Palo Alto officials remain divided on years-long Castilleja expansion debate

As Castilleja seeks Palo Alto City Council approval for their plans to increase enrollment, renovate classrooms and build an underground parking garage, neighboring residents have voiced concerns about construction and increased traffic.
A photo of Castilleja school behind a wide green lawn
A plan to renovate Castilleja School in Palo Alto has met resistance from residents. (Courtesy of Castilleja School)

Ten years after the private all-girls school Castilleja began designing its large-scale renovation project, the plan remains in limbo as city officials continue to deliberate over its magnitude and timeline.

As Castilleja seeks Palo Alto City Council approval for their plans to increase enrollment, renovate classrooms and build an underground parking garage, neighboring residents have voiced concerns about construction and increased traffic.

Advocates for the private all-girls middle and high school argue that a larger enrollment will increase equity and access to the school’s renowned resources, and that construction of a new parking garage will help assuage neighbors’ complaints about traffic and parking. Since its founding in 1907, the school has operated on a six-acre plot located in a residential neighborhood in Palo Alto.

At a Planning and Transportation Commission meeting on Jan. 20, city officials disagreed about one of the school’s central requests: to increase enrollment from its current cap of 415 to 450 and then gradually increase to 540.

Over the past five-year deliberation process, the Planning and Transportation Commission and City Council have volleyed proposals back and forth.

The Planning and Transportation Commission previously approved an increase in enrollment to 490 students, however the City Council has now asked the Commission to review the Council’s revised plan with the 540 enrollment cap along with plans for the construction of an underground parking garage to keep cars off the surrounding neighborhood streets.

The Commission deadlocked 3-3 (one Commissioner recused himself) during an informal vote at the Jan 20 meeting on whether to allow the incremental enrollment cap increase up to 540 over the next five years.

Waning patience was apparent from commissioners in favor of approving the proposal. “It’s undesirable – as soft a word as I can say – to have any project take six years through our process,” said Commissioner Bart Hechtman.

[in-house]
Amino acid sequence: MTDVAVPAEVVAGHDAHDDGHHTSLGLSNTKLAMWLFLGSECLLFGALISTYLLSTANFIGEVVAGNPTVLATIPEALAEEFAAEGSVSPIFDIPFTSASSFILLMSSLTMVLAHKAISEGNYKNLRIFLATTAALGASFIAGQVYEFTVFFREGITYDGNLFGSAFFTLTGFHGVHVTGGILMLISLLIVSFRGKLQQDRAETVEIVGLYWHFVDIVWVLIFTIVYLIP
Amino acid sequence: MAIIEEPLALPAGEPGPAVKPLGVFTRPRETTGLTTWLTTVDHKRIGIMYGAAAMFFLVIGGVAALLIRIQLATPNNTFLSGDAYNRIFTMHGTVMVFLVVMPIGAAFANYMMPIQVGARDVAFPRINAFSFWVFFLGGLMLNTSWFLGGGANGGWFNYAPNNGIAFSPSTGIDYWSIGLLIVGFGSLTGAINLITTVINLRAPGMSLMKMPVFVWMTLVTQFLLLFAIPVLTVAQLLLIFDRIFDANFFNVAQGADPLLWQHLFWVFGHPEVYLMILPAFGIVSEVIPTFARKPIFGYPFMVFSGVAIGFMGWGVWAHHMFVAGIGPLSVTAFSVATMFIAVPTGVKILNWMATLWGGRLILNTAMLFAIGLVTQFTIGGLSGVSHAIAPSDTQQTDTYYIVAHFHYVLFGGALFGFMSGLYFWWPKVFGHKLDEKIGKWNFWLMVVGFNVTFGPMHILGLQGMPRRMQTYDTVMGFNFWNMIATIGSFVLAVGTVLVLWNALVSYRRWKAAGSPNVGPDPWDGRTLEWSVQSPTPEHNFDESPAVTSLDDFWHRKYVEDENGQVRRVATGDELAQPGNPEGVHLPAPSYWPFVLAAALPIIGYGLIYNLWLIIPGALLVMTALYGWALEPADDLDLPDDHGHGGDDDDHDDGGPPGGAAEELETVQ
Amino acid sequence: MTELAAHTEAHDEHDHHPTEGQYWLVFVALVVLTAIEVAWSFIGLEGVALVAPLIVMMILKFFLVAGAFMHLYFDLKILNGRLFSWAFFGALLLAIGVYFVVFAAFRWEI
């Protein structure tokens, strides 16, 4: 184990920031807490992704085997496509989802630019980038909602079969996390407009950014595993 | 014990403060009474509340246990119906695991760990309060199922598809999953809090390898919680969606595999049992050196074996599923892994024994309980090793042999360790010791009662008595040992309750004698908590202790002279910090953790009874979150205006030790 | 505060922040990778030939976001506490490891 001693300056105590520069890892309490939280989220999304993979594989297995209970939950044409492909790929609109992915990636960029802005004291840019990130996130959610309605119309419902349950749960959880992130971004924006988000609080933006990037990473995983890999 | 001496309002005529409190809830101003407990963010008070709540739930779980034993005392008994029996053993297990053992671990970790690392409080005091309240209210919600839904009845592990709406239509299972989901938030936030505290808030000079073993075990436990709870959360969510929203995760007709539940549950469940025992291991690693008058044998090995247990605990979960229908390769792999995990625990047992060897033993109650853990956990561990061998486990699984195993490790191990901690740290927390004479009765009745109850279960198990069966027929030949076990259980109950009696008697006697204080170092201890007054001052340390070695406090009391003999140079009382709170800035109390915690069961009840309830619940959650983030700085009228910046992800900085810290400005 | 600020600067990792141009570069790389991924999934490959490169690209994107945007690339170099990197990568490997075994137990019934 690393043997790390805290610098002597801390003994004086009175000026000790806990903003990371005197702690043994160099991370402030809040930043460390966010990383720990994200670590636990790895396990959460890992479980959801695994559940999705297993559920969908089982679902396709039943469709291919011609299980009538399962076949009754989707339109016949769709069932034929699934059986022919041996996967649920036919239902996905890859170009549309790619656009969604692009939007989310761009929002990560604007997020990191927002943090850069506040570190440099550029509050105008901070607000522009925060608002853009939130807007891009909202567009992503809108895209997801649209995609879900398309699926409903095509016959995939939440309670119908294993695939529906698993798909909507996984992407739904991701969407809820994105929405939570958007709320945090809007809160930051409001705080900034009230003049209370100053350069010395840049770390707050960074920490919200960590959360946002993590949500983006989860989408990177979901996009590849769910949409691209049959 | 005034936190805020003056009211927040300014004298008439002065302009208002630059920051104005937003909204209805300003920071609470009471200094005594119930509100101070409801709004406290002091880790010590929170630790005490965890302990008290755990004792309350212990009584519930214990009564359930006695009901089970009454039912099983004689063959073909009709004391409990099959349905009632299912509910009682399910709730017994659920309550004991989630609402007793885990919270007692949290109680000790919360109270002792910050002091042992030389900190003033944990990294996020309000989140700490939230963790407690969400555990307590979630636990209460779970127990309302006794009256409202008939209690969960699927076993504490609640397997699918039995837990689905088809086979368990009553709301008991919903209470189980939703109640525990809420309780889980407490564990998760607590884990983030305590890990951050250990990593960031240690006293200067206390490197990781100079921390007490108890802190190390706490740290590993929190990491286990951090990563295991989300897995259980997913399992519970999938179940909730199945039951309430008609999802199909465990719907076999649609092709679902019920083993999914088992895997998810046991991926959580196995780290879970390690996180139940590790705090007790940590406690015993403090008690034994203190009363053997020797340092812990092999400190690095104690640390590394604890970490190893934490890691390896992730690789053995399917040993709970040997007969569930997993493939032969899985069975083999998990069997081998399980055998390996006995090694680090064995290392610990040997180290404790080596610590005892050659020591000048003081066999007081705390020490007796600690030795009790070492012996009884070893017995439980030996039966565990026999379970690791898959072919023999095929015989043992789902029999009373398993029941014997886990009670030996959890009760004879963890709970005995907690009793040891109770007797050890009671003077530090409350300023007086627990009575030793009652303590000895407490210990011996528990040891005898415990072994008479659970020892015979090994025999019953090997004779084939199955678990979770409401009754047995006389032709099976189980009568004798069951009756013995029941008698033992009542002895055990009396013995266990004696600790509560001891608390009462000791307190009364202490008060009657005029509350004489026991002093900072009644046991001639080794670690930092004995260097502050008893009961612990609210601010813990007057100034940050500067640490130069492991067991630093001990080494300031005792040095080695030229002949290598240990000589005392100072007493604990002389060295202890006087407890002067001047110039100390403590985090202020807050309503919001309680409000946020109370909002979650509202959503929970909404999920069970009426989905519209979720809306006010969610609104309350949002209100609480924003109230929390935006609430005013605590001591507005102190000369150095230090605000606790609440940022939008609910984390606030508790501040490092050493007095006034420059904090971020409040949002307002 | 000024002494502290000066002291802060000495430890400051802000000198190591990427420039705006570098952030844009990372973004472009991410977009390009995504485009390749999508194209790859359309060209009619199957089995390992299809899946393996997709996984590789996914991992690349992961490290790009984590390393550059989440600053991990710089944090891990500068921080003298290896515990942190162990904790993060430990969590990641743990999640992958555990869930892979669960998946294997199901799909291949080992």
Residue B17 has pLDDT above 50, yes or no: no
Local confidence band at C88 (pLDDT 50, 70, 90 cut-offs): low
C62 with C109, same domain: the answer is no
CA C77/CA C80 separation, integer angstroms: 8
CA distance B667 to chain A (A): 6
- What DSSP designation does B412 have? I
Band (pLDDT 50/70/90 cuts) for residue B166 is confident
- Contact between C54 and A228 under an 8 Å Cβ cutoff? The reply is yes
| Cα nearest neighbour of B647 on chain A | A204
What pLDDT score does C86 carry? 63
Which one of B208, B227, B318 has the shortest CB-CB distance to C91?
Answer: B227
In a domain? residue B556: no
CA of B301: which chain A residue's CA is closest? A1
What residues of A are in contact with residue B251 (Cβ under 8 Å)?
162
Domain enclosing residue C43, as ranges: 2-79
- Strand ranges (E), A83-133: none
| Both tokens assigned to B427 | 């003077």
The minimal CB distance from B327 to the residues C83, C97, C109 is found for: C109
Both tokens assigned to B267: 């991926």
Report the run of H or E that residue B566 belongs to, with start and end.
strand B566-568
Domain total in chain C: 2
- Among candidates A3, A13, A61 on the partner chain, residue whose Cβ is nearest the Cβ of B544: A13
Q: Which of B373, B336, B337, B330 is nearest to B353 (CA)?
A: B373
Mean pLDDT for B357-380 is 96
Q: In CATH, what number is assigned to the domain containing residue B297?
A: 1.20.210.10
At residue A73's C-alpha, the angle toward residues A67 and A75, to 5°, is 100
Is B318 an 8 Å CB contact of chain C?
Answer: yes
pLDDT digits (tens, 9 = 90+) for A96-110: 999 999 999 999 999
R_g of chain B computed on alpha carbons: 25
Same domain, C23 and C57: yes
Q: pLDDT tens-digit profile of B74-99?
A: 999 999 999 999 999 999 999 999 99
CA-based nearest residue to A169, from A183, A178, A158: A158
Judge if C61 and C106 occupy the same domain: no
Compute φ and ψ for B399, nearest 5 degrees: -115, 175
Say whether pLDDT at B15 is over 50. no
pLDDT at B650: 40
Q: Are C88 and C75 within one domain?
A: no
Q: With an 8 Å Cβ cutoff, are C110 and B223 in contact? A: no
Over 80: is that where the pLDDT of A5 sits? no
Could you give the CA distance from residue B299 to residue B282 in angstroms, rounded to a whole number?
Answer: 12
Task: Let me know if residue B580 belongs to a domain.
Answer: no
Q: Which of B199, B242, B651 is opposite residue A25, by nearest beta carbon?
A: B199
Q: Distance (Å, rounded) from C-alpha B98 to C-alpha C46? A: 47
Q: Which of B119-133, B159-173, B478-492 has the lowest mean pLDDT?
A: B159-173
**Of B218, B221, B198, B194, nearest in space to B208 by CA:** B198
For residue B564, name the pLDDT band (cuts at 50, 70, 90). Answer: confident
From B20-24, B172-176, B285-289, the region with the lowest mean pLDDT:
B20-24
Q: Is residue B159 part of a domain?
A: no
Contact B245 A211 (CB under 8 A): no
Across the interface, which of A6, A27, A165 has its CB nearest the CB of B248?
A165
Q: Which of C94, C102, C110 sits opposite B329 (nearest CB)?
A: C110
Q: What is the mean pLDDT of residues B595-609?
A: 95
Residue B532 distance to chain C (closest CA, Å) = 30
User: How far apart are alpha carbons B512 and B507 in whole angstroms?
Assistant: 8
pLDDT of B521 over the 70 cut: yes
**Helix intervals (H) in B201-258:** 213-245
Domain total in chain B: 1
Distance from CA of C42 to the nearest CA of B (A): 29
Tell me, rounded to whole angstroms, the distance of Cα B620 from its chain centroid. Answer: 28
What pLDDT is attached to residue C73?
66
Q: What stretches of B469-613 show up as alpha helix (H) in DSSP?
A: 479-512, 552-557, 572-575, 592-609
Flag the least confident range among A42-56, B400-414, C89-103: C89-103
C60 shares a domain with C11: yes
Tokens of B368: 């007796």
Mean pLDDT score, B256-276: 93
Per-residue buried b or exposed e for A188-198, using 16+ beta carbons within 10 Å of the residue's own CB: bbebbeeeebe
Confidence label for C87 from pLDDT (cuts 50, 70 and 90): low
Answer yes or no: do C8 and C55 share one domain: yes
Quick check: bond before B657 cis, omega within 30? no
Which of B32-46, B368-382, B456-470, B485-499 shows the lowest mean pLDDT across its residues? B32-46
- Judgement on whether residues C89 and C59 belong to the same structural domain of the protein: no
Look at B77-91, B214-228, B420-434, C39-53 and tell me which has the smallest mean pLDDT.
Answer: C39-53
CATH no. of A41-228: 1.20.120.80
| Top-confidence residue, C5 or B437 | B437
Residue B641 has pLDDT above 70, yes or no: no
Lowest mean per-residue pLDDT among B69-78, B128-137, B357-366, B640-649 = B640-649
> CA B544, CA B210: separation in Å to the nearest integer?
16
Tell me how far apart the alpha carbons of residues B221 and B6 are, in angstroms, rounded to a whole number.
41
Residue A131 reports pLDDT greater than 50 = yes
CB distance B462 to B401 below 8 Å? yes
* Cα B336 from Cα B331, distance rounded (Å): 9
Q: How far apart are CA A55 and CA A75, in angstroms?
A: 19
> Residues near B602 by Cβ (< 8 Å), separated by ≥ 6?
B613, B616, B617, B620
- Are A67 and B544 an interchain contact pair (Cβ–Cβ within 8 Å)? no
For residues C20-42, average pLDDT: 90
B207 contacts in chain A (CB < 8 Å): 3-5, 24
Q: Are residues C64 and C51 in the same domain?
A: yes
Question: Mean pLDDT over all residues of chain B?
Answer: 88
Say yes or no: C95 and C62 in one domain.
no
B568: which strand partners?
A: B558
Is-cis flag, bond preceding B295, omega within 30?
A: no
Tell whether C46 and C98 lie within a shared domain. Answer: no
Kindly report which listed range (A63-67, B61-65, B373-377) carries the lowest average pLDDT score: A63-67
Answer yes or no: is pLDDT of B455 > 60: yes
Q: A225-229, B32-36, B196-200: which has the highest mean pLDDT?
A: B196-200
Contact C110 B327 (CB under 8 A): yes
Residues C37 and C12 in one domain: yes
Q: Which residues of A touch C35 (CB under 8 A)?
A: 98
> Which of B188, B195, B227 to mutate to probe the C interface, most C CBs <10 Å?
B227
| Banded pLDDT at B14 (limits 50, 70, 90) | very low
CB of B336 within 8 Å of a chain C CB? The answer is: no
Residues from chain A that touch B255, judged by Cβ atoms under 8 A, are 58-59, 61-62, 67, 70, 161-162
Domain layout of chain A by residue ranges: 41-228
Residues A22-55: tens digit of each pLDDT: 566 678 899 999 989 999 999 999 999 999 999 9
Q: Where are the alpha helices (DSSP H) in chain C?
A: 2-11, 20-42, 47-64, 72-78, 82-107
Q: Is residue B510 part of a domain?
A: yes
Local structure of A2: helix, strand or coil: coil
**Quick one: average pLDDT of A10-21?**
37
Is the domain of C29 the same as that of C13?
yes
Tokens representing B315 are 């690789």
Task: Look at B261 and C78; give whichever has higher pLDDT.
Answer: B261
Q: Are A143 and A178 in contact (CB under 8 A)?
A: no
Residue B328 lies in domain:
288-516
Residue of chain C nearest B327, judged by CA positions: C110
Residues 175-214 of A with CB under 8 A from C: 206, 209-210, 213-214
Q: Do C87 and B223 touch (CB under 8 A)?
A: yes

Hechtman, along with Commissioners Giselle Rooh and Cari Templeton argue that Castilleja should now be allowed to grow enrollment to 540 students because requiring Castilleja to go through another city approval process every time they want an enrollment increase is overly burdensome on the school and city officials.

Other Commissioners argued that the enrollment cap should only be lifted to 450 students and then maintained there until the school can prove that the increased enrollment will not increase the amount of traffic in the neighboring area.

Commissioner Doria Summa argued this approach is necessary given “there’s been, unfortunately, so much of a loss of faith between the community and the school regarding enrollment.” In 2013, it was discovered that current Head of School Nanci Kauffman increased enrollment above the 415 student cap without city approval, drawing indignation from surrounding residents.

Former Castilleja student body president Divya Ganesan (Castilleja ‘21) explained that many Castilleja students and parents are frustrated with the seemingly endless neighbor demands.

“I can understand from the neighbors’ perspective that it’s hard to be around a place that has construction and traffic but I can guarantee that no neighbor moved there before Castilleja was there and so I think if you didn’t want to live next to a school, you shouldn’t have moved there,” said Ganesan.

Some neighboring residents insist it’s within their rights to curtail the project and have hired attorneys to investigate and verify Castilleja’s past enrollment numbers.

“There’s no reason to reward Castilleja with a new Conditional Use Permit [to build] when they have hidden [and] covered up [true enrollment numbers, and] showed intransigence.” said Castilleja neighbor Kerry Yarkin during public comment at a subsequent City Council meeting on January 24.

Nevertheless, Ganesan insists that the project will be of net benefit to the surrounding area and beyond.

“The reason people want to increase our grade size is there’s so many kids that want to go to Castilleja and could get such opportunity from it…Castilleja wants to increase financial aid and increase spots in the class and that serves the greater community,” she said.

After submitting a request for more information on the school’s annual event schedule, traffic reduction initiatives and enrollment plans at the end of the Jan. 20 meeting, the Planning and Transportation Commission plans to vote officially on the expansion proposal at an unspecified future meeting.

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